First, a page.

COMM-ORG Papers 2005

Rabinovitch--Transforming Community Practice


Contents | Chapter 1 | Chapter 2 | Chapter 3 | Chapter 4 | Chapter 5 | Chapter 6 | Chapter 7 | Notes & References | Appendices


Appendix A

 Traditional Scholarly Disciplines that Inform Transformative Community Practice

General Disciplines & Sub-fields


Limits/Liabilities [14]




-understands culture

-grass roots, community based

-develops listening skills

-community mapping tools

-history of learning to understand people’s reality

-non intervention

-no community action component

-belief in objective observer



Community Economic     Development (CED)

Economic Restructuring

-promotes self sufficiency

-incorporates training

-challenges economic status quo

-participatory livelihood

-unrealistic with extremely marginalized

-creates false expectations

-context problematic


Popular Education

Empowerment Education

-promotes awareness of underlying causes of inequality

-analysis of power difference

-leads to action


-learning from experience

-methodology not developed by group

-limited scope

-most useful once group in existence

-lacks action focus


Population Health

Health Promotion

Public Health

Community Health

-builds from the ground up

-goes where people are

-uses determinants of health

-includes participation &

action research

-community based

-scope limited


International Development

AID Development Work

International Philanthropy

Participatory Rural Action

-builds grassroots capacity

-local assessment, program planning

-useful set of already developed tools


-grassroots decision making the exception

-outcomes created by donours

-rarely questions root causes

Planning & Development

Community Organizing


-neighbourhood based

-social change orientation

-radical analysis of power

-effective outreach


-organizes groups

-facilitates community involvement

-analysis of power


-leadership from outside

-confrontational style

-traditionally male dominated

-focus on winning single issue

-short term

Political Science

Civil Society Discourse

Modern Democratic Theory

Citizenship & Public Policy

-emphasis on inclusivity

-theory based


-missing interpersonal one-on-one dynamic


Community Psychology

Creation of Settings

Behaviour Analysis

Community Research & Action

Empowerment Policy

-social change focus

-commitment to empowerment

-community based

-redistribution of social power

-coalition building

-values diversity

-pairing of research & action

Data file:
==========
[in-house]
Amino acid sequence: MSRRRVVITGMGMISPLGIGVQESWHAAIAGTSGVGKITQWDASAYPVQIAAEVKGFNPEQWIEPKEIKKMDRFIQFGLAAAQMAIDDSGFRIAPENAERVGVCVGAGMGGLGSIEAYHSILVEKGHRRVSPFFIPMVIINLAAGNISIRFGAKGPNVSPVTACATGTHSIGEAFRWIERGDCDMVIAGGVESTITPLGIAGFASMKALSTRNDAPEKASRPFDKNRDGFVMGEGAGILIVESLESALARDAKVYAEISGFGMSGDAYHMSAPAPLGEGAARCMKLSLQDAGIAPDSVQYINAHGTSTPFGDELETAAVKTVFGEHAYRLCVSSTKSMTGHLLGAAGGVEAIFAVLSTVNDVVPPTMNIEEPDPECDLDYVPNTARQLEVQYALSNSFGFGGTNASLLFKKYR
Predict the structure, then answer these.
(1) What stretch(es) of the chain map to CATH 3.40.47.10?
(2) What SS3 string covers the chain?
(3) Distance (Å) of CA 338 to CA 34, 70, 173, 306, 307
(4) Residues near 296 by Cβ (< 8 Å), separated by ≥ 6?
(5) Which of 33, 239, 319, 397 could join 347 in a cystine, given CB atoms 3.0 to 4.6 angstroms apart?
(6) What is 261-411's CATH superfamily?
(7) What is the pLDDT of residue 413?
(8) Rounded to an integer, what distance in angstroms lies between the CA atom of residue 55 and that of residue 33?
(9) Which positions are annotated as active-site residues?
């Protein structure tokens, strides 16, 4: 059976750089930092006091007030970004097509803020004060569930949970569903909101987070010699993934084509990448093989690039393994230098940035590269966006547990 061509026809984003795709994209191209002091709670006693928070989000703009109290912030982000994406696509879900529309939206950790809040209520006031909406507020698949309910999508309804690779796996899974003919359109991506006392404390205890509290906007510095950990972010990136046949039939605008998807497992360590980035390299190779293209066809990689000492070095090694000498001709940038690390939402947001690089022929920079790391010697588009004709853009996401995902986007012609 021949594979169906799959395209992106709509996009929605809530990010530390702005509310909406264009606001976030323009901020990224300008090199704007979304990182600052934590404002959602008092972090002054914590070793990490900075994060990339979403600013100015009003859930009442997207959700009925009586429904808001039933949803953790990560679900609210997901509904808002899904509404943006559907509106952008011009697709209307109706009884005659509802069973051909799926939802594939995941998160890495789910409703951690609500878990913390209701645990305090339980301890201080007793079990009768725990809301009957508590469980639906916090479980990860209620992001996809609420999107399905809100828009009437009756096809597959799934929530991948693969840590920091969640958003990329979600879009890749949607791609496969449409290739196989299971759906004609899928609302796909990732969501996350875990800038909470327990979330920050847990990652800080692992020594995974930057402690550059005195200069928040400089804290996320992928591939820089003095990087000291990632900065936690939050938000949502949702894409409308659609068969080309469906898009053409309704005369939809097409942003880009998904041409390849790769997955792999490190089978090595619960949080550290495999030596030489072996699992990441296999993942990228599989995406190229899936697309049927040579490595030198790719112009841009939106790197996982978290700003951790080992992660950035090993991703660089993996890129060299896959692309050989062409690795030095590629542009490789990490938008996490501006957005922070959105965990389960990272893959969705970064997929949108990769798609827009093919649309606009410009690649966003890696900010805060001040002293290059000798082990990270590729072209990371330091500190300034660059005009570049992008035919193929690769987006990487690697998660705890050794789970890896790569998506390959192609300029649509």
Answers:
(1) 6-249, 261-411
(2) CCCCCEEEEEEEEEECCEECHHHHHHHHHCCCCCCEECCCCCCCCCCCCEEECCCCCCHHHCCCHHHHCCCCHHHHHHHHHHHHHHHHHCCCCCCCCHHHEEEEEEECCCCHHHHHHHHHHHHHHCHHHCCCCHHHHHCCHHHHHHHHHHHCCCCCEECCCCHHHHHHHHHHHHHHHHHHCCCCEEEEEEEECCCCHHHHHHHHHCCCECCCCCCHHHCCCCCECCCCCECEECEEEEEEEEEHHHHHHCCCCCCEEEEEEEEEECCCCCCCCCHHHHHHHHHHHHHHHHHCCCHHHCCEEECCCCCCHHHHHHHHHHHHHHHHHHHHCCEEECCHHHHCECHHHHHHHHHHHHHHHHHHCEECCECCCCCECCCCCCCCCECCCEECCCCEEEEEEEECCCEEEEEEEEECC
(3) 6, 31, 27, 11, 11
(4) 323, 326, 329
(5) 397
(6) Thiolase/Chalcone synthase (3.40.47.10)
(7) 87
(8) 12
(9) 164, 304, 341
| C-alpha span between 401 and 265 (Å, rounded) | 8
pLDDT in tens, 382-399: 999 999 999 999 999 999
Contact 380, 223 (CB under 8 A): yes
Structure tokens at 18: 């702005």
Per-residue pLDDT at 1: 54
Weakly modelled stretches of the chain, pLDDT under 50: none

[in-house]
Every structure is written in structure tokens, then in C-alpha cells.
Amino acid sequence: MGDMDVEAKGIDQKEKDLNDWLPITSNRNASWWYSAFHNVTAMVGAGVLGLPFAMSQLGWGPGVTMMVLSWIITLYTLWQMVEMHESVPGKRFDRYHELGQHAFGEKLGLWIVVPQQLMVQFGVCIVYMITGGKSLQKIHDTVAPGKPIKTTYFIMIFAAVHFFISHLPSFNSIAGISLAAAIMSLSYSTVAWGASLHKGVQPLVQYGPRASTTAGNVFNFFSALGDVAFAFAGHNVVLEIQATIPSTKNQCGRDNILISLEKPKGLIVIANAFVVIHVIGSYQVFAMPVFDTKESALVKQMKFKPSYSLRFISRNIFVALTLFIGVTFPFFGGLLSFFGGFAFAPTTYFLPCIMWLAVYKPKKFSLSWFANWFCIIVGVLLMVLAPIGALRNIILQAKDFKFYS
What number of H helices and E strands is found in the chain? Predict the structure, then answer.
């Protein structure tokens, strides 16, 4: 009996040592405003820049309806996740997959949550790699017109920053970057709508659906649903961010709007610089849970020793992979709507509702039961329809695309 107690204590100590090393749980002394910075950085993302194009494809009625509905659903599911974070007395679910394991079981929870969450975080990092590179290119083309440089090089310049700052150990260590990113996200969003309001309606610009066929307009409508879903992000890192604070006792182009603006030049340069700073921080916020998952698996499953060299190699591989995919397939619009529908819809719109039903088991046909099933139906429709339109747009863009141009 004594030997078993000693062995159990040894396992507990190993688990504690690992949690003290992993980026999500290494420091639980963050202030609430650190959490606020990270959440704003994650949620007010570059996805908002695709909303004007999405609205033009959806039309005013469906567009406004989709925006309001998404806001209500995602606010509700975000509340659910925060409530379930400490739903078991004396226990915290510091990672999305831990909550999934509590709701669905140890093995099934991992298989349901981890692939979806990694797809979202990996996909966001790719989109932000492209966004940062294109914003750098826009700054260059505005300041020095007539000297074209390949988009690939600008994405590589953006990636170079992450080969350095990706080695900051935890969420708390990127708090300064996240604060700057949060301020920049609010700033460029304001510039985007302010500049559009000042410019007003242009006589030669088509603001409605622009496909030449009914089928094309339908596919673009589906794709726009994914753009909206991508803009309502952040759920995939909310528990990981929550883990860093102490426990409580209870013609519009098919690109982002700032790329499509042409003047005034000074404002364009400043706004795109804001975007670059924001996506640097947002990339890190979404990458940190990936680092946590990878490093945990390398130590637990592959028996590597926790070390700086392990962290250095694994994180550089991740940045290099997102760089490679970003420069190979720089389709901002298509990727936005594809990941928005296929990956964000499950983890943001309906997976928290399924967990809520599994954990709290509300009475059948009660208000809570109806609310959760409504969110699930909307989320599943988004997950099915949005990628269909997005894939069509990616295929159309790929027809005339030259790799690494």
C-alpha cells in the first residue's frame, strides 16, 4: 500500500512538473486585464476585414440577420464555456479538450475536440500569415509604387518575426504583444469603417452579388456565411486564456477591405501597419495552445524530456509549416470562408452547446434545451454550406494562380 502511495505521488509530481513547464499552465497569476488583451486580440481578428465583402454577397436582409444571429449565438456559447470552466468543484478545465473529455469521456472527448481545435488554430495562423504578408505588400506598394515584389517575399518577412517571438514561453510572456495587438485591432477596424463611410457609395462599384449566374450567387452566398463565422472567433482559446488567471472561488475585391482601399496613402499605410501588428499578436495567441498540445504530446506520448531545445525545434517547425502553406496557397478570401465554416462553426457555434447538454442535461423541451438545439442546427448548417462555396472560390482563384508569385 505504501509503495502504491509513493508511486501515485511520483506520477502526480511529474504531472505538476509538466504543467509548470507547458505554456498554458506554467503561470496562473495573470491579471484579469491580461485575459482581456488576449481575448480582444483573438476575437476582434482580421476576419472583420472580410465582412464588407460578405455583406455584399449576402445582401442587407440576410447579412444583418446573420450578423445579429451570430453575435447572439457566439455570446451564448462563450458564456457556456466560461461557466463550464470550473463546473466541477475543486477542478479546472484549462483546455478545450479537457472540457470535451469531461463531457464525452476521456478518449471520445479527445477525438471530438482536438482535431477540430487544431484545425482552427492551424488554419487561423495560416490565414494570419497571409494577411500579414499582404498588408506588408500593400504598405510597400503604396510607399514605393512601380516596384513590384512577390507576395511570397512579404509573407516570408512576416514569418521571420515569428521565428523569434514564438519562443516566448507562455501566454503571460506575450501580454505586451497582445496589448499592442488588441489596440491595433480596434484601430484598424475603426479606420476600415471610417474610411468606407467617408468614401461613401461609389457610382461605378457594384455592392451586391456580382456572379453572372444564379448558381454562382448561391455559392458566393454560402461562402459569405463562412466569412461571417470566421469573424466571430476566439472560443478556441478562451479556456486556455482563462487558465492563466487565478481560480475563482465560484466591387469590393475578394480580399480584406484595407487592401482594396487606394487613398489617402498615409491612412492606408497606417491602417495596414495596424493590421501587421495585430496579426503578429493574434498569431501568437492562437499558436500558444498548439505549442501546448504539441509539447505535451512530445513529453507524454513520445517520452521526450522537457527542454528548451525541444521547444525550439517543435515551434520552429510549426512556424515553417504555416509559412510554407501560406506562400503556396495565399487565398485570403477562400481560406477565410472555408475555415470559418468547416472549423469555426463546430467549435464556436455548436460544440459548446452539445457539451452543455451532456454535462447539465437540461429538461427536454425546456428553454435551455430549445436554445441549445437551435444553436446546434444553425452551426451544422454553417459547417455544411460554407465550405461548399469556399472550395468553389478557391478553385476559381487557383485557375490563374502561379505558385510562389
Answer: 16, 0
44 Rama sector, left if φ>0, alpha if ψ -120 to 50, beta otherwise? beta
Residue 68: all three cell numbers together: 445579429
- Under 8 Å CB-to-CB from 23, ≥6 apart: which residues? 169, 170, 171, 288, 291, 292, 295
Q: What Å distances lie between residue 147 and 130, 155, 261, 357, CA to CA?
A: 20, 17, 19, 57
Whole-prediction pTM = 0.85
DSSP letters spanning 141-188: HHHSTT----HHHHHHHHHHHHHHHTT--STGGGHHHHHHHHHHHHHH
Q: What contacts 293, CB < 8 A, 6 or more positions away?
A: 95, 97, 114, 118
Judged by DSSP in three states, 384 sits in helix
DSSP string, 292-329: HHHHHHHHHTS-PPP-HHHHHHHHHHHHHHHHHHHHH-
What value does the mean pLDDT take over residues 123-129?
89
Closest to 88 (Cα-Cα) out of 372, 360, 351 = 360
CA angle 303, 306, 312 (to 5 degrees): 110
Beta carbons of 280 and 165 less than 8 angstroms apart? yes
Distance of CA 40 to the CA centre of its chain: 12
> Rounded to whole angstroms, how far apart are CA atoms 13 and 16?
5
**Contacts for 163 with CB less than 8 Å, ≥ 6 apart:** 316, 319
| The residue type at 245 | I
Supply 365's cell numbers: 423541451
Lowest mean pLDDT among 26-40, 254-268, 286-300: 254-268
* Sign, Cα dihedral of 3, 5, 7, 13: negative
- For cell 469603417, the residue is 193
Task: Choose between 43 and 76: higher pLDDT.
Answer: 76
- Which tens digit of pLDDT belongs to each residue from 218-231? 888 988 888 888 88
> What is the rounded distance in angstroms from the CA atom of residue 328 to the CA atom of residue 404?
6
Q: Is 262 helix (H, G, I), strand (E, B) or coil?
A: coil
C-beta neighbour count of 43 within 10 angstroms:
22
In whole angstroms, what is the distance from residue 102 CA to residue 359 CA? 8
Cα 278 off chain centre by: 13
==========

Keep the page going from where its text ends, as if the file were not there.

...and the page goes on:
-usually initiated from outside of community

-tension between community based activism & academia

Religious Studies

Spiritual Activism

“Good Works”

-understanding of interconnectedness of things

-positive vision

-not specific to community practice

Social Work

Community Development

Community Organizing

Community Practice

Feminist Organizing

-contextual analysis

-big picture


-community immersion


-action focus

-capacity building component important

-supports networks

-analysis of power

-individual focus

-clients and service provider mentality

-organizing not well documented


Social Movement Theory


-analysis of social change

-participatory democracy

-based on fundamental values

-theory based


-retrospective rather than active

Women’s Studies

Feminist Organizing


-incorporates analysis of race, class & gender


-radical activist tradition

-coalition building


-social change focus



-increasingly theory focussed

Appendix B

PEERS’ Philosophical Stance:

The organization has an ongoing and unwavering commitment to peer-led services, administration and policy development. It is dedicated to shaping the organization in response to the experiences of sex trade workers, whether that information is anecdotal  or derives from formal, collaborative research ventures. Finally, and significantly, PEERS has refused to align itself with either of the two dominant discourses on sex trade work: the pro-trade prostitutes’ rights position and the abolitionist, anti-prostitution position.

As befits an organization concerned with the complicated lives of those in the sex trade, PEERS has developed a complex analysis of the factors that interact to involve and keep women in the trade. Wahab (2002) notes in discussing the relationship between social work and sex trade workers that service providers rarely see sex trade workers as the “experts” of their own lives. All three of the explanatory analyses—that is, that it is a result of immorality, that it is borne of pathology rooted in traumatic childhood experiences, that it results from gender and/or economic oppression—that have shaped approaches to working with sex trade workers (redemption, therapeutic interventions or consciousness-raising) have been authored from outside the trade. From inside the trade, where PEERS is located, there is recognition that the search for explanatory variables is useful insofar as it contributes to, but does not constrain, the development of programs responsive to the needs of sex trade workers. In other words, interest in whether sex trade work is constructed as “work” and, therefore, is seen as a matter of choice, or constructed as evidence of oppression or of psychopathology, must never impede the provision of services. PEERS has always positioned sex trade workers as the experts, using their wisdom, knowledge and experience to inform service and program development. Sex trade workers participate in and value these programs because they see them as reflecting the realities of their lives (Rabinovitch and Strega 142).